Lu River is in Yunnan Province, home of the famous go stones. This title refers to Zhuge Liang's campaign in Annam, and possibly as far as Burma, when he repeatedly captured and released the Burmese general Meng Leng.

At Ningnan there is a river called the Black Water, where there is today said to be an almost inaccessible cave with a rusty-looking bronze sword suspended from the ceiling. Legend has it that it was left there by Zhuge, then prime minister of the ancient kingdom of Sichuan. He lived in the Three Kingdoms era (220-265) and his name is still a byword in China today for brilliant statesmanship.

He led seven expeditions from Chengdu to try to conquer a barbarian (i.e. non-Chinese) tribe in the Xichang area. He captured the chieftain of this tribe seven times, and each time he released him, hoping to win him over by his magnanimity. Six times the chieftain was unmoved and continued his rebellion, but after the seventh time he became wholeheartedly loyal to the Sichuan Chinese.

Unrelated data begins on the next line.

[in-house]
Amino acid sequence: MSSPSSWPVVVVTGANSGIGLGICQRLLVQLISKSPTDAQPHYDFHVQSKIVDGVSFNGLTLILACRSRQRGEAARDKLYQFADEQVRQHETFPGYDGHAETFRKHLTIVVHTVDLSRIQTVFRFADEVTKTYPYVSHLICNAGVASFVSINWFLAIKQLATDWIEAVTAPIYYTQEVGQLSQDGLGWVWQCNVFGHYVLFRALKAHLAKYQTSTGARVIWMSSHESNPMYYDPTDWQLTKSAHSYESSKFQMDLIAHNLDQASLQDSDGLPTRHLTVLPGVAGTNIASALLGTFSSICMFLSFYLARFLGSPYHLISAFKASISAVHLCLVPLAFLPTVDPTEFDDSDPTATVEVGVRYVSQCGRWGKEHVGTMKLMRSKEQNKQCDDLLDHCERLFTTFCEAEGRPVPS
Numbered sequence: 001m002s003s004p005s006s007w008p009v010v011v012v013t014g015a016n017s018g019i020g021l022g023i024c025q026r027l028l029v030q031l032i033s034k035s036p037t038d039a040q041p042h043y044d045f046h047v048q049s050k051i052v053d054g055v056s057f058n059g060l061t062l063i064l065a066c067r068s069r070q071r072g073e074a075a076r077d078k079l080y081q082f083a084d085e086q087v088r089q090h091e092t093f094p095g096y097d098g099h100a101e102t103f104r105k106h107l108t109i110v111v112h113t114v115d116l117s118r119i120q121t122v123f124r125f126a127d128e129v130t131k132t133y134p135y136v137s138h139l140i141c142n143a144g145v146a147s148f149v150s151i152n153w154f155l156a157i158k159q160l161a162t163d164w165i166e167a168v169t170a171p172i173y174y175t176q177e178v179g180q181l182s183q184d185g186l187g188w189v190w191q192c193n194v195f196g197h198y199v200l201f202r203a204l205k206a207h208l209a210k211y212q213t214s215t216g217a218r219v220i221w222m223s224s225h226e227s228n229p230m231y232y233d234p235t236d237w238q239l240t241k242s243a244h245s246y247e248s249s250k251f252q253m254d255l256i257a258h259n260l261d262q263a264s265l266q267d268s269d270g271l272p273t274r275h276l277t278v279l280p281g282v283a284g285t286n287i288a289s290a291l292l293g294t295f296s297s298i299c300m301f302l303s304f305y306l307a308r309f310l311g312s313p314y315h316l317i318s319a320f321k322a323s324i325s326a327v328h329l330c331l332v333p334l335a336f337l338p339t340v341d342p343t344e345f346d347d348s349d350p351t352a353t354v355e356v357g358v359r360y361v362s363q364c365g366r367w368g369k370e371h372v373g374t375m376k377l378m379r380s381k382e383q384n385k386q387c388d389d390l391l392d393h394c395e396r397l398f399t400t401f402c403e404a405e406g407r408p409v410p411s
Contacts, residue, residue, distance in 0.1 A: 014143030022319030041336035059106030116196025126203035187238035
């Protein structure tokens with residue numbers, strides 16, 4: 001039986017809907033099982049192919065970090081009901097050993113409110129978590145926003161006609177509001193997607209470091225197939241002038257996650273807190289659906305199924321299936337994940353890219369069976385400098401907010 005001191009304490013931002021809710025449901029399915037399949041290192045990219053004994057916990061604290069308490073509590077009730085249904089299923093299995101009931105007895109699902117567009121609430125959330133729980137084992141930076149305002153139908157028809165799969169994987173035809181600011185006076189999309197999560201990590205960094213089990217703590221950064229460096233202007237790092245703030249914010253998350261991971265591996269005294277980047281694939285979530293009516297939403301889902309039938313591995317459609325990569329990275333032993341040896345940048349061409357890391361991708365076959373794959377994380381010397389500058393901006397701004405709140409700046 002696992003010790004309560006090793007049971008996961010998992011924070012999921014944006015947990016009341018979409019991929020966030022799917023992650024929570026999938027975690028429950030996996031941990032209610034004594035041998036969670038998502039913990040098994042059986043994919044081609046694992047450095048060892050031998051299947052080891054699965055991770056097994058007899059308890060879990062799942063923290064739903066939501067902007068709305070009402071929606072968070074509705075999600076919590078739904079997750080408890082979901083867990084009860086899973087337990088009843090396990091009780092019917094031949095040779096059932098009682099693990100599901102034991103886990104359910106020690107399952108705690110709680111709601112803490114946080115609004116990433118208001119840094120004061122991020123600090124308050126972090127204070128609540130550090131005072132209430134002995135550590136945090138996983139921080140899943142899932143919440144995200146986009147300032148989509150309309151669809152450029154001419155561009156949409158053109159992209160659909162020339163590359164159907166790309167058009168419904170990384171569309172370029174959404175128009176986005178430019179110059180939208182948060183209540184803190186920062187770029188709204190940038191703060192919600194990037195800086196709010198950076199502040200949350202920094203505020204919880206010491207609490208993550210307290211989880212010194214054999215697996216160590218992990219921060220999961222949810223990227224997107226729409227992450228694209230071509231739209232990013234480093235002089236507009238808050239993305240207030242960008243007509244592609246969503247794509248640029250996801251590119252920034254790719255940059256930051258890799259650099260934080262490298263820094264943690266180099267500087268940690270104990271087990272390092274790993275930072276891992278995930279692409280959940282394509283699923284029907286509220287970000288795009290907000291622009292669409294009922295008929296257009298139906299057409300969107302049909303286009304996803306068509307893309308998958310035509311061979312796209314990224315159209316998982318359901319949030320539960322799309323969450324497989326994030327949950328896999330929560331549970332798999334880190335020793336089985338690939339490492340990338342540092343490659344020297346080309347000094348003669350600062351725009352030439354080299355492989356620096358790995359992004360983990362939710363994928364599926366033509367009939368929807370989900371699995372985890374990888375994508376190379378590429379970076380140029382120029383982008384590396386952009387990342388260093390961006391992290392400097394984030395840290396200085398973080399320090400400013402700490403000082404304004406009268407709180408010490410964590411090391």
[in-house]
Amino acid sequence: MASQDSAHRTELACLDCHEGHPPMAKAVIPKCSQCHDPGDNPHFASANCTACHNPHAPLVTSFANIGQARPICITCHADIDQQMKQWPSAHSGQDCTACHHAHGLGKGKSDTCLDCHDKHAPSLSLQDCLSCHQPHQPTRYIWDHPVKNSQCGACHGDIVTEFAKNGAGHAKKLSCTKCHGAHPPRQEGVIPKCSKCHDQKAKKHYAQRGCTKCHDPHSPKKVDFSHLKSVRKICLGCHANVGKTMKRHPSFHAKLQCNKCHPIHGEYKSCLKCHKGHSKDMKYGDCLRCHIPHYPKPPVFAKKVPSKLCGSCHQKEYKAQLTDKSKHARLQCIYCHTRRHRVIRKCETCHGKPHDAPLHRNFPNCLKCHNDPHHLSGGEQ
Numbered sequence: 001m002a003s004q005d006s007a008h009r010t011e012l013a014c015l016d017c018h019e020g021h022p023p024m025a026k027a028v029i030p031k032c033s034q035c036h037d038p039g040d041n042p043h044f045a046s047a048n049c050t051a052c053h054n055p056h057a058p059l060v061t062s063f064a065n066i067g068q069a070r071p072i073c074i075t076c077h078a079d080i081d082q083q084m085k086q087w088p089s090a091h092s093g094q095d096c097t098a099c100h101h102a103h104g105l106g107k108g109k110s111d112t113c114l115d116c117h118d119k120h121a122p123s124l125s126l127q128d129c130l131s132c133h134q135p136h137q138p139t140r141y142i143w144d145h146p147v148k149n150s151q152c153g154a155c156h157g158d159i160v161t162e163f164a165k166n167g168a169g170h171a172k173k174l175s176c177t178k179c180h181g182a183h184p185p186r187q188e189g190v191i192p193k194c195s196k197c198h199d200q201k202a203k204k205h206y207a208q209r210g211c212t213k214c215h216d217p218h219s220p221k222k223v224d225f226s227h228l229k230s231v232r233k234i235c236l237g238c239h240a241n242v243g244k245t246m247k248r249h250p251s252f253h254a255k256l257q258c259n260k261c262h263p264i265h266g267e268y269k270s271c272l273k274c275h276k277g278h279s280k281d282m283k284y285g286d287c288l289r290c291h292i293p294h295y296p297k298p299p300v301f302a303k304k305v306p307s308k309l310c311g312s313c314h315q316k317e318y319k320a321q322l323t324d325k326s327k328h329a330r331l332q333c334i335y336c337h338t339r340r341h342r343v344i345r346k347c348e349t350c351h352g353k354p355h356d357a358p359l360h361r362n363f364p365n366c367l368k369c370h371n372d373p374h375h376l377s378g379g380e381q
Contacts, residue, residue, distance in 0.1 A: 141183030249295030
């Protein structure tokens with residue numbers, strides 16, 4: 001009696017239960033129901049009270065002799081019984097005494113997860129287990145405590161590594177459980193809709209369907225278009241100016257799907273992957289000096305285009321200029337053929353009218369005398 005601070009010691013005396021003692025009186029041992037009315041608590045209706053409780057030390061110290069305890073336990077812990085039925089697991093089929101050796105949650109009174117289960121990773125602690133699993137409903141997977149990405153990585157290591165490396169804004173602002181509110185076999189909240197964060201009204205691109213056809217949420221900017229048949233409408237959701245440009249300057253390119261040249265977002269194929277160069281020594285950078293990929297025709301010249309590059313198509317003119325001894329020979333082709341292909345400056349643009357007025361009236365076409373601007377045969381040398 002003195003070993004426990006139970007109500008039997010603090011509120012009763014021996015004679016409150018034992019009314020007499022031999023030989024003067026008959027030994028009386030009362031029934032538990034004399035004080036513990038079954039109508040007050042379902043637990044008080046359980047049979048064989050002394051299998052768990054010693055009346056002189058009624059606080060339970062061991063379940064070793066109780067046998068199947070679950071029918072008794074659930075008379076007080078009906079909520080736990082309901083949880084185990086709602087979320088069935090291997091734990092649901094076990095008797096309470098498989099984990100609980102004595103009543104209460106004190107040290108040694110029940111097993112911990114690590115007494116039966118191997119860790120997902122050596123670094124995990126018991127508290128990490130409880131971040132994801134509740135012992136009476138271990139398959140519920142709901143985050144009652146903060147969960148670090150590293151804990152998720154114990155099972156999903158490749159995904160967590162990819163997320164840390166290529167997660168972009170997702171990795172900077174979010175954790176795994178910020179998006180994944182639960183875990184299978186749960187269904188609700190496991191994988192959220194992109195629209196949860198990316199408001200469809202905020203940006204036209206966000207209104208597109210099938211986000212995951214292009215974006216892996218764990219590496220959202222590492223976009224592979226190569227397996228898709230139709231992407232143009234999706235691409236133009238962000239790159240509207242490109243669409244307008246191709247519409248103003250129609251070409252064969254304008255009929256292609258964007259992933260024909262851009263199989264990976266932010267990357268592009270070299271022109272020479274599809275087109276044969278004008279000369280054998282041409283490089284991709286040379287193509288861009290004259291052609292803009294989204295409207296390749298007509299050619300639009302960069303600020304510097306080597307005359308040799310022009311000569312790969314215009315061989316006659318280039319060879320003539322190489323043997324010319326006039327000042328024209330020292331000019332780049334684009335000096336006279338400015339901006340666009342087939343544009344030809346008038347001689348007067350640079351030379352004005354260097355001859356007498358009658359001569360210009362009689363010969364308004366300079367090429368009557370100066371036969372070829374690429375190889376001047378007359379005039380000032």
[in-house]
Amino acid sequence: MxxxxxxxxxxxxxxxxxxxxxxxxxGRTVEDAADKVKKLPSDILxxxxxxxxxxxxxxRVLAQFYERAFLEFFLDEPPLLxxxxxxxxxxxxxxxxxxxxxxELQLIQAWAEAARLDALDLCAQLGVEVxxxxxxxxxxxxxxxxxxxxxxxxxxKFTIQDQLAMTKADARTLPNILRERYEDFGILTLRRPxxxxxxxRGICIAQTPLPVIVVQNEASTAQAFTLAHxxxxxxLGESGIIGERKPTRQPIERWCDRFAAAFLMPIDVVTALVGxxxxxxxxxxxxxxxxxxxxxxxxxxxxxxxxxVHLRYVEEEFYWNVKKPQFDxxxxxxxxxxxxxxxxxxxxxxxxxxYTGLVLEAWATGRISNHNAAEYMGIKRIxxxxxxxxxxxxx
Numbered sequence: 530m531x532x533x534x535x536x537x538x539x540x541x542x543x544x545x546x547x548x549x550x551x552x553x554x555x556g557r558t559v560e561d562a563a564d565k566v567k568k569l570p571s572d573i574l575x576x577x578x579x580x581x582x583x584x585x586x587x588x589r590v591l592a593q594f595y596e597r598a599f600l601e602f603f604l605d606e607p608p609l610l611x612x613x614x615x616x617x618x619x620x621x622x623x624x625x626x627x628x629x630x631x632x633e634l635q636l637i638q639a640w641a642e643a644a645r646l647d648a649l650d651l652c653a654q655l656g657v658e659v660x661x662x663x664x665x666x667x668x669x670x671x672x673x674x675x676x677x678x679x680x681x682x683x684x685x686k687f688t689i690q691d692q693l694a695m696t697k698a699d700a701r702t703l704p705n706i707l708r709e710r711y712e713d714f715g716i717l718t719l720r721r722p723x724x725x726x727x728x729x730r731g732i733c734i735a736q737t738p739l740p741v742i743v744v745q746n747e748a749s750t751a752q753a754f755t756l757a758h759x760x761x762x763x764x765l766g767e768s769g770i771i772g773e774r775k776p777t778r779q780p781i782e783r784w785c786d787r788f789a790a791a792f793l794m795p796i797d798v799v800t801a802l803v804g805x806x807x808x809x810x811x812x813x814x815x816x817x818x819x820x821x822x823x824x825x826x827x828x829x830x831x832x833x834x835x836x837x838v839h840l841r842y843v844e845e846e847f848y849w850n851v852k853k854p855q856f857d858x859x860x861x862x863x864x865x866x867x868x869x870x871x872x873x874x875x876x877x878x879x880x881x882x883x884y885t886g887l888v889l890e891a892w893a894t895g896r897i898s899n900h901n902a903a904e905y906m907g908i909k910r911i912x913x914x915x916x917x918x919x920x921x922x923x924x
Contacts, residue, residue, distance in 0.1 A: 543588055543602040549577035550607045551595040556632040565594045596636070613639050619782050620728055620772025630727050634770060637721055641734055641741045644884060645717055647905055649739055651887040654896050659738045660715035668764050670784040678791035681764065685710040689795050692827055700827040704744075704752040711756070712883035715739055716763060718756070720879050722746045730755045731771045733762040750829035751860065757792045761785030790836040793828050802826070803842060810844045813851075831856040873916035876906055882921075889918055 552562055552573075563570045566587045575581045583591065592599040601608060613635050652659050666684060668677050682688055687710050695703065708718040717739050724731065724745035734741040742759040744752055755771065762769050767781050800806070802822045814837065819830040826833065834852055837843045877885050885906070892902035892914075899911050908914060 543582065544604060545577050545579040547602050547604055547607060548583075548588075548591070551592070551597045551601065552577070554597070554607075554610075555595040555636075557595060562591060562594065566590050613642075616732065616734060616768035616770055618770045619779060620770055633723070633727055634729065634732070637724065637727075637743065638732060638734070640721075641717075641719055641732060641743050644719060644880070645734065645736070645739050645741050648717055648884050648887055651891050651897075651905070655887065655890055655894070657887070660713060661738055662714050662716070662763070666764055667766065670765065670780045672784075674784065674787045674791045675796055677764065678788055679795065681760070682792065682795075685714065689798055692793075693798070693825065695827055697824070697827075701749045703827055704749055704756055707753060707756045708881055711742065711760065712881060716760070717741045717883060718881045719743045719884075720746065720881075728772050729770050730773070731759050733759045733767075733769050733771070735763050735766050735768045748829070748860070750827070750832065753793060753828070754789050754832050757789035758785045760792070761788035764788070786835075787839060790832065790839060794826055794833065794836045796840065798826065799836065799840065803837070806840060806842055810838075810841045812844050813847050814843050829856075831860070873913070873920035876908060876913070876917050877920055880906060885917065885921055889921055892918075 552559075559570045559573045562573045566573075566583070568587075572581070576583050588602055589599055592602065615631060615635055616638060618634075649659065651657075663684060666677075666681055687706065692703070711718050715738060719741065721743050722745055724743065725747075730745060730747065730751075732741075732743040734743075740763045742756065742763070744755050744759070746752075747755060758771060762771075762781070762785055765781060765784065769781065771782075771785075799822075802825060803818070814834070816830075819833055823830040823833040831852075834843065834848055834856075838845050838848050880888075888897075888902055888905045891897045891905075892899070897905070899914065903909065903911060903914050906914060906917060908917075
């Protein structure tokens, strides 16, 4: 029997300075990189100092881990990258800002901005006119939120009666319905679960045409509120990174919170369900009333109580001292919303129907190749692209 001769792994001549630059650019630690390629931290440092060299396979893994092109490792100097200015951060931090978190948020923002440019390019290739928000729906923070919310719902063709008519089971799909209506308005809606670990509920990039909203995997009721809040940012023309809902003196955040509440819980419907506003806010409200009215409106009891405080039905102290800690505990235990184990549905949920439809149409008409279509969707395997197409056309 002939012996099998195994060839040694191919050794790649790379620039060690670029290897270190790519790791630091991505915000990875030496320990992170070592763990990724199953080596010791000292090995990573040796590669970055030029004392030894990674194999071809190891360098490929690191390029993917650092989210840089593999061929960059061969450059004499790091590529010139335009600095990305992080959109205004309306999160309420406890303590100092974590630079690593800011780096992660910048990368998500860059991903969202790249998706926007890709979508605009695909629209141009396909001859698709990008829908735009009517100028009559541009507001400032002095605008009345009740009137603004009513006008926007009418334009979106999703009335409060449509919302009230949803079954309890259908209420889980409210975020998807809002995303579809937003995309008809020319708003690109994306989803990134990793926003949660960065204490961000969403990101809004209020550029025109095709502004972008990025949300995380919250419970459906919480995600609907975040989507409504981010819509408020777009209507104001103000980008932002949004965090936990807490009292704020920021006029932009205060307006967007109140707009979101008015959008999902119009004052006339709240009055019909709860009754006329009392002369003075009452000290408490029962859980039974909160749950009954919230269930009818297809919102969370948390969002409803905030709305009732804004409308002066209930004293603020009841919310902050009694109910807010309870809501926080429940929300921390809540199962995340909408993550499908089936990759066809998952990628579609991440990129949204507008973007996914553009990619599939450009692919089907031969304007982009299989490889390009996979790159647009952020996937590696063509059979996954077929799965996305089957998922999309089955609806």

The moral of the legend in its modern interpretation is that to conquer a people one must conquer their hearts and minds. In the go problem it has a simpler meaning (concentrate only on capture and release - ignore the reference to sixes and sevens), but is just as apposite. White to play. (Gateway to all marvels)